Dell PowerEdge T320 review

Dell’s PowerEdge T320 delivers affordable Xeon E5 power to SMBs that don’t want the expense of a dual socket server.

Price
£1,476
  • Good value; Xeon E5 power; High storage potential; Quiet; Low power consumption
  • High specification parts make it expensive

Despite the obvious cost benefits of single socket Xeon E5 servers for small businesses, there is a small number of choices available from the blue chips. IBM, Lenovo and HP don't offer any leaving Dell's PowerEdge T320 in the enviable position of having little competition.

The T320 is designed to offer SMBs a good value workhorse capable of running a wide range of applications. It targets apps such as file and print sharing, email and messaging but it's also aimed at deployments in small remote or branch offices for providing local IT services.

Prices start at 499 which gets you a basic 2.6GHz Pentium 1403 CPU in the driving seat. Dell also offers a 2.8GHz E5-1410 Xeon which costs around 200 more or you have a choice selection of E5-2400 CPUs.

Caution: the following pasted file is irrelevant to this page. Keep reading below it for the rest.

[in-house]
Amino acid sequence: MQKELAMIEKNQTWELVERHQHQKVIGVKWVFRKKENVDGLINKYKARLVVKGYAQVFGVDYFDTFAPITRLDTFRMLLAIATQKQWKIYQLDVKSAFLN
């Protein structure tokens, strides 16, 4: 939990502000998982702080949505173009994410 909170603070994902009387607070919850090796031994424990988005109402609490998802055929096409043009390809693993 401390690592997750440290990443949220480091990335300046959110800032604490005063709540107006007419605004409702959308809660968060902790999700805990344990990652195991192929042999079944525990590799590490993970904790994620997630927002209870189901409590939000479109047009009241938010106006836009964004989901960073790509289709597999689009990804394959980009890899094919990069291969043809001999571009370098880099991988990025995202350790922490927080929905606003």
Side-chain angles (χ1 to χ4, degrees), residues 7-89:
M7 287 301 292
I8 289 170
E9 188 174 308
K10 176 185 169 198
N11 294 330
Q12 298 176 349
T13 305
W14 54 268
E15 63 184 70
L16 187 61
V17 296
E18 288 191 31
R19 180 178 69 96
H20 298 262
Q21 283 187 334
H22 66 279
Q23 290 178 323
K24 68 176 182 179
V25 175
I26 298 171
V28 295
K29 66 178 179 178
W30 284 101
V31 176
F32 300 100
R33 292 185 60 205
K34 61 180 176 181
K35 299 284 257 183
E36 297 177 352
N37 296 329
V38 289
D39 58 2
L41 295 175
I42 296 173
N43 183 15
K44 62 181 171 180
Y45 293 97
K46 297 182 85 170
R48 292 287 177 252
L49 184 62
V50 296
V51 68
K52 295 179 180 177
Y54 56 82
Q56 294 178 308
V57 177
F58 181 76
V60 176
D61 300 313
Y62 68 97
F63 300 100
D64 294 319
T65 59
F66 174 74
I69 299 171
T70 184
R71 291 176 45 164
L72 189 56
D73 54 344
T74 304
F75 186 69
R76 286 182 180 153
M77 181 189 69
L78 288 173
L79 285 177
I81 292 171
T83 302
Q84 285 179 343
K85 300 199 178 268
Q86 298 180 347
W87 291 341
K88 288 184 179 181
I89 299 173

Our review system has a 1.8GHz E5-2403 Xeon which is a member of the Basic E5-2400 family and the slowest of them all. It offers four cores, a 10MB L3 cache and a 6.4GT/sec QPI but memory speeds are limited to 1,066MHz and it doesn't support HyperThreading or Turbo Boost.

The PowerEdge T320 uses the same motherboard as the T420 but with the second CPU socket and attendant DIMM slots removed

 Power and noise

The E5-2403 has a low TDP of 80W which showed up nicely in our power tests. With Windows Server 2012 idling along, we clocked the review system pulling a modest 68W which only rose to 81W when under heavy load from the SiSoft Sandra CPU benchmarking app.

Our system included the basic 350W cabled PSU but you can go for power redundancy. Dell offers dual 475W and 750W hot-plug PSUs but you must choose them during the order process.

The server is very quiet as well and is recommended for small offices that demand tranquillity. All chassis cooling is handled by a single 12cms diameter fan at the rear which barely makes a sound.

 Dell's embedded Lifecycle Controller makes light work of OS deployment and firmware upgrades

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